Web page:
My boards were all different lengths (not shown), so I had to cut them down to size.
TIP: If your miter saw doesn’t have a laser, then pull your saw down to touch the wood before you cut. Make sure that the cut line is right at the outside of the blade with the piece you want to keep on the opposite side from the blade. This will keep you from cutting your wood piece too short. You can always sand it down a little bit if it’s a little too long. P.S. I know there are more technical terms for all of this, but I have no idea. 😂
My frame boards aren’t exactly the same size on each side, but I’m ok with that. I liked the funky, non-symmetrical look of the frame.
I also decided that the boards around the canvas didn’t look finished enough, so I miter cut a 1x2x8 board down to finish off the frame. It gives it a more polished look, I think.
Step 4. Paint your Frame.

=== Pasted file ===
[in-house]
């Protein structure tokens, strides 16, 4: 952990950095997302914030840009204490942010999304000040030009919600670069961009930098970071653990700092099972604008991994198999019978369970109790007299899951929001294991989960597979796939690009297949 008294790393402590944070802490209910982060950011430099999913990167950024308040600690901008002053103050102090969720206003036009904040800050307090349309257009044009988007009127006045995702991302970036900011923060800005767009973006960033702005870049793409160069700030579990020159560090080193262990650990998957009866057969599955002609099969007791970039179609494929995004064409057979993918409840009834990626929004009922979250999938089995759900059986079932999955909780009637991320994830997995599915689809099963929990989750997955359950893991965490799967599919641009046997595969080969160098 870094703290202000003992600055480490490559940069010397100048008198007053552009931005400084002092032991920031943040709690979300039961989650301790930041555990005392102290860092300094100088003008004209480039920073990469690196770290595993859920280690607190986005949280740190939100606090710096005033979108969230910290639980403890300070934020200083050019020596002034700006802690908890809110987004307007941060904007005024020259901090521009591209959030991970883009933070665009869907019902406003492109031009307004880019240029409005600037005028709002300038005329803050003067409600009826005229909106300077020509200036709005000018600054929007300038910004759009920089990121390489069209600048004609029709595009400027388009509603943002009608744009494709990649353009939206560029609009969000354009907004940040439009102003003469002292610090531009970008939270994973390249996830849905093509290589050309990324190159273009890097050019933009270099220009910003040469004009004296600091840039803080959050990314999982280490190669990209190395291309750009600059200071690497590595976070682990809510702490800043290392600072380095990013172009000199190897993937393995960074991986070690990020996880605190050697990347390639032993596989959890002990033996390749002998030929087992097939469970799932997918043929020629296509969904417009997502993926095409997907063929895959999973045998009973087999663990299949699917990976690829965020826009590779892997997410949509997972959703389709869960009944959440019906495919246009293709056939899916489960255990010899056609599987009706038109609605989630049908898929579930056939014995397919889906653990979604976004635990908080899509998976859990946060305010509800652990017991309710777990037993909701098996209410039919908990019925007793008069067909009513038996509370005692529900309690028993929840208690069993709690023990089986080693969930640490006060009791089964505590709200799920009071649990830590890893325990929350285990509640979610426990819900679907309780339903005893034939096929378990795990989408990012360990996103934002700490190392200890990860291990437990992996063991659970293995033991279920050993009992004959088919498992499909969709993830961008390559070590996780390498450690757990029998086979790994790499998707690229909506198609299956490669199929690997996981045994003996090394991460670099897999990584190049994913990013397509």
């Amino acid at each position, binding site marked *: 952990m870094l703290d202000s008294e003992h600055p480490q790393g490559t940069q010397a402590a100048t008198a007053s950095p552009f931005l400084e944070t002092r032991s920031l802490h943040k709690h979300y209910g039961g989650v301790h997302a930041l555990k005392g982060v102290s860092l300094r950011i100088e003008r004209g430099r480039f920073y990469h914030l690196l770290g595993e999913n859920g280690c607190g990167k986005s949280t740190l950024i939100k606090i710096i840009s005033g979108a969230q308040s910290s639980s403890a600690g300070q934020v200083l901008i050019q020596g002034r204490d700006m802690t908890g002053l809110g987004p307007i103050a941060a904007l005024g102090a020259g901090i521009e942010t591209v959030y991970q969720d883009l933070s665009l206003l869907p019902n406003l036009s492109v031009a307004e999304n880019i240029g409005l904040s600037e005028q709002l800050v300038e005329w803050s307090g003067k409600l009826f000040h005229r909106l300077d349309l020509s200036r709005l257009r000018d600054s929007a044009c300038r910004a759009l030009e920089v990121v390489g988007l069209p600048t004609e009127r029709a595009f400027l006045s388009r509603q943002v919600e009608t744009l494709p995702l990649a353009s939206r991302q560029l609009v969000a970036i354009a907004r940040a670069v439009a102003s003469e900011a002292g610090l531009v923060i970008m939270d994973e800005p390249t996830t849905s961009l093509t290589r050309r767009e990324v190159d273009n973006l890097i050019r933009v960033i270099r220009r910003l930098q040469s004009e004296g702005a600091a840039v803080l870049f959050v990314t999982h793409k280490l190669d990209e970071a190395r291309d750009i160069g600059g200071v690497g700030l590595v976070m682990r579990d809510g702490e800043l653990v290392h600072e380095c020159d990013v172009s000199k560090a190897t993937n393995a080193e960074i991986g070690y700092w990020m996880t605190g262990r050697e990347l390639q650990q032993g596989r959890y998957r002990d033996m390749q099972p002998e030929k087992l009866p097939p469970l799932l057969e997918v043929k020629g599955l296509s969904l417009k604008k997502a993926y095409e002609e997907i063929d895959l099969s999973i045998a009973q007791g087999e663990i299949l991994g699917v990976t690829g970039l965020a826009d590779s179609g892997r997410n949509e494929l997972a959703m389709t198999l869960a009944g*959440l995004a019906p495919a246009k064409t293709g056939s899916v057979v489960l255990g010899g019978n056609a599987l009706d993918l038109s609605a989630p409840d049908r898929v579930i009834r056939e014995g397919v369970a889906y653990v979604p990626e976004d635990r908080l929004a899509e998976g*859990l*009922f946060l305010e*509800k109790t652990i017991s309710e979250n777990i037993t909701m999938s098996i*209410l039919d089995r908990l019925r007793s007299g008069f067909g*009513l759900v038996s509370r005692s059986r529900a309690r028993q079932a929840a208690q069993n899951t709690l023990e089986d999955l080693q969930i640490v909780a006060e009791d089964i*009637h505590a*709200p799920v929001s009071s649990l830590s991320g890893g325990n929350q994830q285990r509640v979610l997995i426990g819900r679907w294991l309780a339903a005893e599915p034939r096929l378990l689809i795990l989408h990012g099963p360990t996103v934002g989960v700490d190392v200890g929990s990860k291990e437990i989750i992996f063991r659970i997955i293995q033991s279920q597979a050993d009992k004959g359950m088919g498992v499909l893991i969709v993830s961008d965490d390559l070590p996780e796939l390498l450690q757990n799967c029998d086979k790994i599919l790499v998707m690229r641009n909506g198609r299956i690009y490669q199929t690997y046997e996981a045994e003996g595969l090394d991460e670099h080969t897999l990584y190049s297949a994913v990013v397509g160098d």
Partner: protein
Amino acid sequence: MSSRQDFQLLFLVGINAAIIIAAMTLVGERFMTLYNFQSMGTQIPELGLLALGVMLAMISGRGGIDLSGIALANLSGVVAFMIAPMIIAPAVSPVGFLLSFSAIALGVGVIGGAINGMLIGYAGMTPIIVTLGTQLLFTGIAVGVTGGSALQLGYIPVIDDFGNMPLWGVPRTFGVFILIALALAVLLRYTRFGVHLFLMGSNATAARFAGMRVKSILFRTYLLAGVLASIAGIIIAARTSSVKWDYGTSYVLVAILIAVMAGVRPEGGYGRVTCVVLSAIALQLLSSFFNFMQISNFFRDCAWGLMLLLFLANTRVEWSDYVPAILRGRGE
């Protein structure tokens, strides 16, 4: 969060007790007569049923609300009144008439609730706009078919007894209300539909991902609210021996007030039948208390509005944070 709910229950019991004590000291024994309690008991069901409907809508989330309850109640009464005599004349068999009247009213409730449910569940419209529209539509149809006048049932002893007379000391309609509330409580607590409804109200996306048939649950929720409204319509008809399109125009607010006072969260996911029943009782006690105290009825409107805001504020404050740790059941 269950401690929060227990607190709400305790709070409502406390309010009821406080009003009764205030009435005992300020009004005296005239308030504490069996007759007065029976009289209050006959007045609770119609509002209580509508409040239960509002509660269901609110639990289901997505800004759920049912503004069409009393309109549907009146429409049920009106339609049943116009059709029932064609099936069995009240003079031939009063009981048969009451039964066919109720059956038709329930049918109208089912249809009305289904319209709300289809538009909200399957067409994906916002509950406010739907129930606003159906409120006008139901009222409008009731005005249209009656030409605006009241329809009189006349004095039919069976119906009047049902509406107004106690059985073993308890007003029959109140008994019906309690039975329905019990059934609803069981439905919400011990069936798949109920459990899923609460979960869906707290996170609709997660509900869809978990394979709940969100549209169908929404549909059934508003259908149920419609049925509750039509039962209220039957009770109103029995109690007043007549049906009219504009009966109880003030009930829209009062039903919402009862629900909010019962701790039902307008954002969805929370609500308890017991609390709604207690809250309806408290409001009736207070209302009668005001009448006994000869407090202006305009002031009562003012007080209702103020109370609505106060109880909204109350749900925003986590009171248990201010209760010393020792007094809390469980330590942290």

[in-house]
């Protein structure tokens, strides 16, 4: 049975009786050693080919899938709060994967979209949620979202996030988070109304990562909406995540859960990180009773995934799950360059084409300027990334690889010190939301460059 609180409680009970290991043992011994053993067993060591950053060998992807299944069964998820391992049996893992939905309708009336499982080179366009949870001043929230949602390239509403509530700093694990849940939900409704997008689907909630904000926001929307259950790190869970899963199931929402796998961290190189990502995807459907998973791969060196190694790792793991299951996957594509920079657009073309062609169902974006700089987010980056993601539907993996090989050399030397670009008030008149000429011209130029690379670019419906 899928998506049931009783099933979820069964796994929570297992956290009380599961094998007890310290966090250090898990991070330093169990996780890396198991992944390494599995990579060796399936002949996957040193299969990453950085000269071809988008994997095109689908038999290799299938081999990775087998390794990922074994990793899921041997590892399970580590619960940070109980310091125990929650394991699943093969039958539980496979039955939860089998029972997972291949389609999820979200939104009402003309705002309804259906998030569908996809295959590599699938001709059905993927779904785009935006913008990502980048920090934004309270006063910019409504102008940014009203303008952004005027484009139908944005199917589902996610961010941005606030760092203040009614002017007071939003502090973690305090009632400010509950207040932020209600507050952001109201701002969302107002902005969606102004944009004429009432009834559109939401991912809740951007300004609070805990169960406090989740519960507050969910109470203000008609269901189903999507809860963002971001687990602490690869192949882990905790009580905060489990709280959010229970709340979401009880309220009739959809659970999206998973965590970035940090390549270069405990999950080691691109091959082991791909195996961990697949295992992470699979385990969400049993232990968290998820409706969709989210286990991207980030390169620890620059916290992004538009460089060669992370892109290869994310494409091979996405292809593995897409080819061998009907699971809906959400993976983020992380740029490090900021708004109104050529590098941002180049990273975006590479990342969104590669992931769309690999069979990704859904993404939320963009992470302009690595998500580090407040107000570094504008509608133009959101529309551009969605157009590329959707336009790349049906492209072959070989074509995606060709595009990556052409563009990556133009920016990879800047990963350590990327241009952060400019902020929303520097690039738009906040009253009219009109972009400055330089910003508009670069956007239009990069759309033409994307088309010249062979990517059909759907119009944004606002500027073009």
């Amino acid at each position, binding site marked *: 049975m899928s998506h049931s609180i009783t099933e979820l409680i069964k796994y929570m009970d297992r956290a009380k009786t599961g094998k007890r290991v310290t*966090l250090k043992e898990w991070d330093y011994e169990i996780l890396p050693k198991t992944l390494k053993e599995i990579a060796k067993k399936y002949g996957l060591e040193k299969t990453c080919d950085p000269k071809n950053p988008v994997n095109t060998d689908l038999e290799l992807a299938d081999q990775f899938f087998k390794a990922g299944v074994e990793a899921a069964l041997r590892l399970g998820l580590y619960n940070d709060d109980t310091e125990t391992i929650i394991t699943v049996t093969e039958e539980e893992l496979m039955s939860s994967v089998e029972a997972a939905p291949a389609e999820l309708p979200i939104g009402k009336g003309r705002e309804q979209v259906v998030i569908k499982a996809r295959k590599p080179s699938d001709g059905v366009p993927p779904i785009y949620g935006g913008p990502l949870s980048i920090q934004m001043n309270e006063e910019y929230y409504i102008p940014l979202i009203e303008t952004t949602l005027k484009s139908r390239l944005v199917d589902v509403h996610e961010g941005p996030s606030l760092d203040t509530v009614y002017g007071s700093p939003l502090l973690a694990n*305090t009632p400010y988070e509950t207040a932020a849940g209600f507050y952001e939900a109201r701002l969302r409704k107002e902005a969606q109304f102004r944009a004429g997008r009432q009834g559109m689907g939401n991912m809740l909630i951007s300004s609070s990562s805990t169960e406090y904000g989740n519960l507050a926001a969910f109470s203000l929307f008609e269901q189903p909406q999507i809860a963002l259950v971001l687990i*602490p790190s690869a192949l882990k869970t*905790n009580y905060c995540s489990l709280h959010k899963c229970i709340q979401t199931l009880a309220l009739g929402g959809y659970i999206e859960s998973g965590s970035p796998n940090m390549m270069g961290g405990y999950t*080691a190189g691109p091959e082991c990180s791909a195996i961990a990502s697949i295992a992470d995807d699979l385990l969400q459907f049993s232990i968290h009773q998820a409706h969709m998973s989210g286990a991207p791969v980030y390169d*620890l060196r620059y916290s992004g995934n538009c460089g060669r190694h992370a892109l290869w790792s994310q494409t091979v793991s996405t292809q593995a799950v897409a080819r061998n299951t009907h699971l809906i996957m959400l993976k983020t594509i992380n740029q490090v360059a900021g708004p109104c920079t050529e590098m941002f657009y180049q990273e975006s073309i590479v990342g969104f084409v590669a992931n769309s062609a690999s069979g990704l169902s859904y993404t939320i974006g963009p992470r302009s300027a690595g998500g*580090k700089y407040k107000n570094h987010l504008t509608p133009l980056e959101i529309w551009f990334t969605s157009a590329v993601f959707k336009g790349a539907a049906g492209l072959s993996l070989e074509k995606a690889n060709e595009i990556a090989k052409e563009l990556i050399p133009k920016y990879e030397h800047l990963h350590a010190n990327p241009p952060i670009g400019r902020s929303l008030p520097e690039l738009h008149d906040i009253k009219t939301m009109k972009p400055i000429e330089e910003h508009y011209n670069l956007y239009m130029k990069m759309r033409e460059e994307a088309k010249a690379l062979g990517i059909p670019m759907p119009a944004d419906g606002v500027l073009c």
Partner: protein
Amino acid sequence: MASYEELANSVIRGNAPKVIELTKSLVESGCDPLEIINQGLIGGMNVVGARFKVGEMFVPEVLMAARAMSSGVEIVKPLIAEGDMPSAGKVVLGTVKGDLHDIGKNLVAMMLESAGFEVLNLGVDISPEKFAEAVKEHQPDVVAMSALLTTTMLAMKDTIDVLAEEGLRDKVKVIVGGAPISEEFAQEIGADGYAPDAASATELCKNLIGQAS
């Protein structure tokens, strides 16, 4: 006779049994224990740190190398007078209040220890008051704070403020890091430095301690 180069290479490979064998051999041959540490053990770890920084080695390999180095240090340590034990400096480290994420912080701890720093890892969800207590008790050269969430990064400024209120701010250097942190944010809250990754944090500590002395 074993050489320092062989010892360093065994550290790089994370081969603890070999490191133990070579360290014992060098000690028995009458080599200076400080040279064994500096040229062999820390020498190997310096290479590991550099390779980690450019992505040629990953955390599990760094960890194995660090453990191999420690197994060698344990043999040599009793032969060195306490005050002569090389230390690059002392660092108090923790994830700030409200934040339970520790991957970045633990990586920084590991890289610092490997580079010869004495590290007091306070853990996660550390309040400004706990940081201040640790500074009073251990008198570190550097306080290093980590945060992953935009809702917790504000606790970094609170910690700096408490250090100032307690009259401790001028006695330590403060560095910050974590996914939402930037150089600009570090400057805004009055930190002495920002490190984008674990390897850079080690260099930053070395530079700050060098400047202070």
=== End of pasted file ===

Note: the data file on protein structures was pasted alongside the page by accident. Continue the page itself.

OK, so I decided to paint the individual pieces of my frame before I put it all together. That is because I wanted each piece to look a little different.
I did, however, go ahead and assemble the thin inner frame, because it was all going to be painted the same. I’ll show how I did that later, though.
While I didn’t really approach this step with a plan on how I would paint each piece, I did plan out my paint colors. I chose 3 colors that looked beachy and matched my decor. Then I chose one “stain” color and decided to just use a combination of all of them.
By the way, I love the Better with Age product! I used it last summer with Amy Howard, the creator of the product, and I just loved it. But I haven’t had the time to play with it since. I used it on 4 of the 5 pieces of wood in my frame and I LOVE it!
It isn’t an actual stain, but it is a water-based product that reacts with the tannins in raw wood. It gives it a gorgeous gray, weathered wood look. And for the top board on the frame, I also applied venetian plaster to the boards. You can find the exact tutorial for this process on Amy Howard’s site HERE.
The bottom frame board, I just painted with layers of all the paint colors I had, starting with the gray, then white, and then a very dry brushing of the blue. Do you know how to dry brush paint? You get a little on your brush and then brush it off on to another surface before brushing on your wood. I just use a scrap piece of cardboard to brush the excess out before painting my piece.